This is a continuation from Part One… re: SPD = Sensory Processing Disorder, or Dysfunction.
Thank you to those who have listened to and encouraged me over the years/decades, both prior to learning about SPD and even now. And to those who go to great lengths to reduce my exposure to triggers in their presence, in my home or in theirs, I am deeply grateful.
There are no meds that help with SPD. Believe it or not, there are “experts” who believe that one must simply continue to expose oneself to become accustomed to the triggers, as if they will eventually go away. This works for some, but not all. I can tell you the approach does not currently work for me, but has only made me feel worse. Granted, I’ve always had to find alternative ways of getting by, such as finding a seat with the window glare behind me, choosing different shampoos/deodorant/etc., and cutting out chemicals when cleaning my house. The list goes on and on. However, as the number of people increases within close proximity to me, whether just on the edge of my personal bubble, or upwind by breeze or draft, this drives up the threat to my health exponentially. That’s the state of things currently, anyway. I am optimistic that the effects will decrease in magnitude, after I can recover from some very significant stress overload.
About all I can do is try and control my environment, but there are so many variables besides SPD that are out of my control. One huge variable that affects me is the weather (i.e., barometric pressure). Another is fluctuations in hormones.
Perhaps the worst variable that contributed to crippling me in the past year was accumulated adrenal fatigue, mainly from the stress of my last workplace. That in itself is difficult to rebound from, but it has magnified the symptoms of SPD, and I am experiencing a long list of symptoms besides, indicating leaky gut, chronic sinus infections, fibromyalgia, and more.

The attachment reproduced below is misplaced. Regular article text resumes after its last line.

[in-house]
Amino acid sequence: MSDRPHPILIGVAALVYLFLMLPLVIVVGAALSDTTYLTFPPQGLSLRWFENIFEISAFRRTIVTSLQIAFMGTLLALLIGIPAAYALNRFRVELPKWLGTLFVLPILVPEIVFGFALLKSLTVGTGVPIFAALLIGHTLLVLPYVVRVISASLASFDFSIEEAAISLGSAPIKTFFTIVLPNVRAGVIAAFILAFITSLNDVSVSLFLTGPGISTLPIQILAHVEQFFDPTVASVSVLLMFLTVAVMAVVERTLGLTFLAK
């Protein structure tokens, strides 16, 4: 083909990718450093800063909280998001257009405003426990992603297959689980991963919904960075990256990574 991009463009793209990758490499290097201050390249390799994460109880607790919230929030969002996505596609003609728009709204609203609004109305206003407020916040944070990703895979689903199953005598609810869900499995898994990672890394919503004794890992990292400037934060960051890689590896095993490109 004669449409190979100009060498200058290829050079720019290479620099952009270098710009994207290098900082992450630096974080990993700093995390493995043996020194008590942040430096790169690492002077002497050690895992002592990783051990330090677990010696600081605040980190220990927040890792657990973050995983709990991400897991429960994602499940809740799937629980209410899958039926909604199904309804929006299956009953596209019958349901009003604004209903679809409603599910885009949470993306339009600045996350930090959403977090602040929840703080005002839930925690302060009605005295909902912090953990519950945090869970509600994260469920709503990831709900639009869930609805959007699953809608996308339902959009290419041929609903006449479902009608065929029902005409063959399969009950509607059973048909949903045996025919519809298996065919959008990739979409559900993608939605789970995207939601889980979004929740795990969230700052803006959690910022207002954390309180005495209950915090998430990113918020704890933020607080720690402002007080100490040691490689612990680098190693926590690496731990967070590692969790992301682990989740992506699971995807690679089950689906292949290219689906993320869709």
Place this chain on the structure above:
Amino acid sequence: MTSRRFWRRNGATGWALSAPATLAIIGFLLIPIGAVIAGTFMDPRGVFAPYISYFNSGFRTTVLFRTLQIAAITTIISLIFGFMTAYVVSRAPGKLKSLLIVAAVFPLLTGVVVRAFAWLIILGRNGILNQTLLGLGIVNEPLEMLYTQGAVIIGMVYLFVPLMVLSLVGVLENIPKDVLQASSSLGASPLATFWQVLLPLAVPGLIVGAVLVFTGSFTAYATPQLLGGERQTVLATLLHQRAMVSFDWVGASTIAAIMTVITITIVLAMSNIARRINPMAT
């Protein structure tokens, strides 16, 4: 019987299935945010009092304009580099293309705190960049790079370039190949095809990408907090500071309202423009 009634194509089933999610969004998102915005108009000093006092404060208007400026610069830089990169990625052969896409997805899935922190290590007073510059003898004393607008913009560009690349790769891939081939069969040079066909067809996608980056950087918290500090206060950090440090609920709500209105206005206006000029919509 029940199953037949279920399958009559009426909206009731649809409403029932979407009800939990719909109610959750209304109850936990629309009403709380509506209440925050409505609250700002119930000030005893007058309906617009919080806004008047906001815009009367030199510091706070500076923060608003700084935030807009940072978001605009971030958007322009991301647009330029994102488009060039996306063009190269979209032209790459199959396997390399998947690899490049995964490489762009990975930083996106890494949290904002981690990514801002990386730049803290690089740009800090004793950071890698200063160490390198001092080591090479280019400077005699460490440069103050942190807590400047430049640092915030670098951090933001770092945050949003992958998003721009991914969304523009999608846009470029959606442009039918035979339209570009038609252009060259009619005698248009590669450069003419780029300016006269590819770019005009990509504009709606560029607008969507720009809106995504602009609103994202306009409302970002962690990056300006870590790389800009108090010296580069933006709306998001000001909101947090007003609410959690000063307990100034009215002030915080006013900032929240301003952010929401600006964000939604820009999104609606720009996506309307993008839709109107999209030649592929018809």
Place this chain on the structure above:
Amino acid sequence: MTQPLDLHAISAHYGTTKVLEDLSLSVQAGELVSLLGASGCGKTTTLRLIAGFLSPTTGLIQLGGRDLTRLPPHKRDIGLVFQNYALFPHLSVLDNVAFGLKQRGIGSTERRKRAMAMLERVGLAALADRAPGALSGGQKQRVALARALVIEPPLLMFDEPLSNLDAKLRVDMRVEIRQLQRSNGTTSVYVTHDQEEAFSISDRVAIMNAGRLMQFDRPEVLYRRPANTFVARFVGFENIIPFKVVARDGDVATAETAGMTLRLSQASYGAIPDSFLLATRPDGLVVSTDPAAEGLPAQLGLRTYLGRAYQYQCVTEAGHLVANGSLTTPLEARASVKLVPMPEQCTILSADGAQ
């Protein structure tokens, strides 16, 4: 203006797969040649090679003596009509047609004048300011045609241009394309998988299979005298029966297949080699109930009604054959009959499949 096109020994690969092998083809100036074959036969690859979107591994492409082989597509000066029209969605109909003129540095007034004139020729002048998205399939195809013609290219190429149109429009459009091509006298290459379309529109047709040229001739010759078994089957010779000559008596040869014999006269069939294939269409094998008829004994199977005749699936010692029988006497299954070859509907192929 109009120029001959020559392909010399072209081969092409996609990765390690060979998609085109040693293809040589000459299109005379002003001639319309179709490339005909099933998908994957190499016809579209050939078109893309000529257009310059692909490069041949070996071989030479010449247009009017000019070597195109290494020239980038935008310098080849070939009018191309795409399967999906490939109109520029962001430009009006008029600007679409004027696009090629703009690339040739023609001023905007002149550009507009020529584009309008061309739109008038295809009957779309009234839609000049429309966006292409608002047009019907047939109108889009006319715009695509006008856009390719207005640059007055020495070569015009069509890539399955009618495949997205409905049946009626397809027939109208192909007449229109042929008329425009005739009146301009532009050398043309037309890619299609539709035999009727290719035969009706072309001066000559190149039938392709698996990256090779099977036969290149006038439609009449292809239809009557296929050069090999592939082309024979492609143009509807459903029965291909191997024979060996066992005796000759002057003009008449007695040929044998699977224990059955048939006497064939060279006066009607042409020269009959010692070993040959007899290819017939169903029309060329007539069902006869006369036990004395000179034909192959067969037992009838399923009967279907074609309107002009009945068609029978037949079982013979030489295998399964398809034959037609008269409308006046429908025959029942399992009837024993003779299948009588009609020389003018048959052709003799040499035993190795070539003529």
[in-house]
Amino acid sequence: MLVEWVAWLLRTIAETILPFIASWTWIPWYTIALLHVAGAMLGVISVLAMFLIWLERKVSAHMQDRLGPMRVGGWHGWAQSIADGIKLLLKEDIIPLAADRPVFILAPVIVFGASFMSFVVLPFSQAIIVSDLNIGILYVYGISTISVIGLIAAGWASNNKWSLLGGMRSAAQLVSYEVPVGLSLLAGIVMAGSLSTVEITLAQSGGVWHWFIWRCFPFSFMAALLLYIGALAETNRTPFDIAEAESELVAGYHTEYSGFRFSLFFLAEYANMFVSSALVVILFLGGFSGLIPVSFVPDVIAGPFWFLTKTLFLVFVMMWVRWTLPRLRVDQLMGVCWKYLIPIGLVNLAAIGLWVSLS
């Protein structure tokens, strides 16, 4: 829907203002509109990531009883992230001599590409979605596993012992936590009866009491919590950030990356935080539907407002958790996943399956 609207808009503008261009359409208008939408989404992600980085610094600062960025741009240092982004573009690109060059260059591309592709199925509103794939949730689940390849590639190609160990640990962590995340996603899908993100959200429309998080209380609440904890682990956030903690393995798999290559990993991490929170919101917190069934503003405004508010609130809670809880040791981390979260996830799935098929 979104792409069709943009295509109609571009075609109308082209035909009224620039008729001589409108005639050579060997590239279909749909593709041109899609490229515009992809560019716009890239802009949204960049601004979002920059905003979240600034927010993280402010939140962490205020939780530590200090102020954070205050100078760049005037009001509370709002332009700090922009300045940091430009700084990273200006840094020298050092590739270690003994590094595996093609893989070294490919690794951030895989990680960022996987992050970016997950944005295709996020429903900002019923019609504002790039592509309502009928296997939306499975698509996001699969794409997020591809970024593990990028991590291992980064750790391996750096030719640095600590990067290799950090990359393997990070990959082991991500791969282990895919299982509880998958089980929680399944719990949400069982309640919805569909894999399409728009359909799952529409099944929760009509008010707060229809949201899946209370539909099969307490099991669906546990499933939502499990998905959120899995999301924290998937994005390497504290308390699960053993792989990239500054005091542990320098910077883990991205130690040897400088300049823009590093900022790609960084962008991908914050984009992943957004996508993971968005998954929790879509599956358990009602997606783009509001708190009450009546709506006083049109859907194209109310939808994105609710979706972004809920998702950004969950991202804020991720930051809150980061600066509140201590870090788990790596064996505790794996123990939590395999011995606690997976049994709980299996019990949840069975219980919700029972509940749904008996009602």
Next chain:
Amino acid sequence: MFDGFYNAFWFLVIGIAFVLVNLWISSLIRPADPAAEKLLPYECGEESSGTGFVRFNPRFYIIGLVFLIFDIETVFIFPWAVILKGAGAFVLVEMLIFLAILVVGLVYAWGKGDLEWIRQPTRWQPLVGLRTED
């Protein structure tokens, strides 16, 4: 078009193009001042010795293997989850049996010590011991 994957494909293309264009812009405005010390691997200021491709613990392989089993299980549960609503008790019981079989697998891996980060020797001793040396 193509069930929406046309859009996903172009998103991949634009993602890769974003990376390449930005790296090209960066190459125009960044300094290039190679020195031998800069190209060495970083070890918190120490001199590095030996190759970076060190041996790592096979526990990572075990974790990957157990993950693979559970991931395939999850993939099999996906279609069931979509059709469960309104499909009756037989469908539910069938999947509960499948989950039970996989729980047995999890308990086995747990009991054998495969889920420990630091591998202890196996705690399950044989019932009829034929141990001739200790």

Most of the time I’m staying at home, either inside my house or in my yard. No, I don’t sleep in, or take naps. In fact, I have a hard enough time sleeping well during the night, and I go to bed at roughly the same time every night. I don’t take meds to sleep because they only cause more problems and don’t help me sleep at all. So, the amount of sleep I am able to get is a huge factor as well, but it’s awfully difficult to sleep when I am experiencing pain and other reactions.
There are five basic sensory systems that everyone learns in elementary school: 1. sight (visual); 2. hearing (auditory); 3. smell (olfactory); 4. taste (gustatory); and 5. touch (tactile). Additionally, there are 3 other senses that hardly anyone knows about: 6. vestibular (re: motion, movement, balance); 7. proprioceptive (re: sensations from muscles and joints of the body); and 8. interoception. For helpful info, this resource explains the 8 senses (without all the ads).